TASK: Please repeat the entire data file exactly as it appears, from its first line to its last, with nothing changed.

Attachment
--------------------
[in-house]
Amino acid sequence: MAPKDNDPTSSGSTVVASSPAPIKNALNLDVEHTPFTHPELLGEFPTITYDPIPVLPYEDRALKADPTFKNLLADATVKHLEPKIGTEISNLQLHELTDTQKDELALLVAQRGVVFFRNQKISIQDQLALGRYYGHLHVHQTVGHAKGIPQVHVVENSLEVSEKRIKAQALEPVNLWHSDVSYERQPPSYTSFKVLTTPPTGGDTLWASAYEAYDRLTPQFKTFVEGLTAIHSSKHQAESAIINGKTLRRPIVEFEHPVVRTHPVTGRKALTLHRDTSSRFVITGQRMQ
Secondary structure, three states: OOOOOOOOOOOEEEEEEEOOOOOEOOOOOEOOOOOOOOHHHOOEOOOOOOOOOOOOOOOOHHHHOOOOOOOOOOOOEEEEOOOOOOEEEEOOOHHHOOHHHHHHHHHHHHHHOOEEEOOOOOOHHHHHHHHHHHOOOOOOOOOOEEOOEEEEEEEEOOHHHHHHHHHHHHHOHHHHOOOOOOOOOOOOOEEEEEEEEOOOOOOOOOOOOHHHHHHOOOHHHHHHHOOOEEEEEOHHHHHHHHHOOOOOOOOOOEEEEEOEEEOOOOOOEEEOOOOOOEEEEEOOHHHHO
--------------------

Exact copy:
[in-house]
Amino acid sequence: MAPKDNDPTSSGSTVVASSPAPIKNALNLDVEHTPFTHPELLGEFPTITYDPIPVLPYEDRALKADPTFKNLLADATVKHLEPKIGTEISNLQLHELTDTQKDELALLVAQRGVVFFRNQKISIQDQLALGRYYGHLHVHQTVGHAKGIPQVHVVENSLEVSEKRIKAQALEPVNLWHSDVSYERQPPSYTSFKVLTTPPTGGDTLWASAYEAYDRLTPQFKTFVEGLTAIHSSKHQAESAIINGKTLRRPIVEFEHPVVRTHPVTGRKALTLHRDTSSRFVITGQRMQ
Secondary structure, three states: OOOOOOOOOOOEEEEEEEOOOOOEOOOOOEOOOOOOOOHHHOOEOOOOOOOOOOOOOOOOHHHHOOOOOOOOOOOOEEEEOOOOOOEEEEOOOHHHOOHHHHHHHHHHHHHHOOEEEOOOOOOHHHHHHHHHHHOOOOOOOOOOEEOOEEEEEEEEOOHHHHHHHHHHHHHOHHHHOOOOOOOOOOOOOEEEEEEEEOOOOOOOOOOOOHHHHHHOOOHHHHHHHOOOEEEEEOHHHHHHHHHOOOOOOOOOOEEEEEOEEEOOOOOOEEEOOOOOOEEEEEOOHHHHO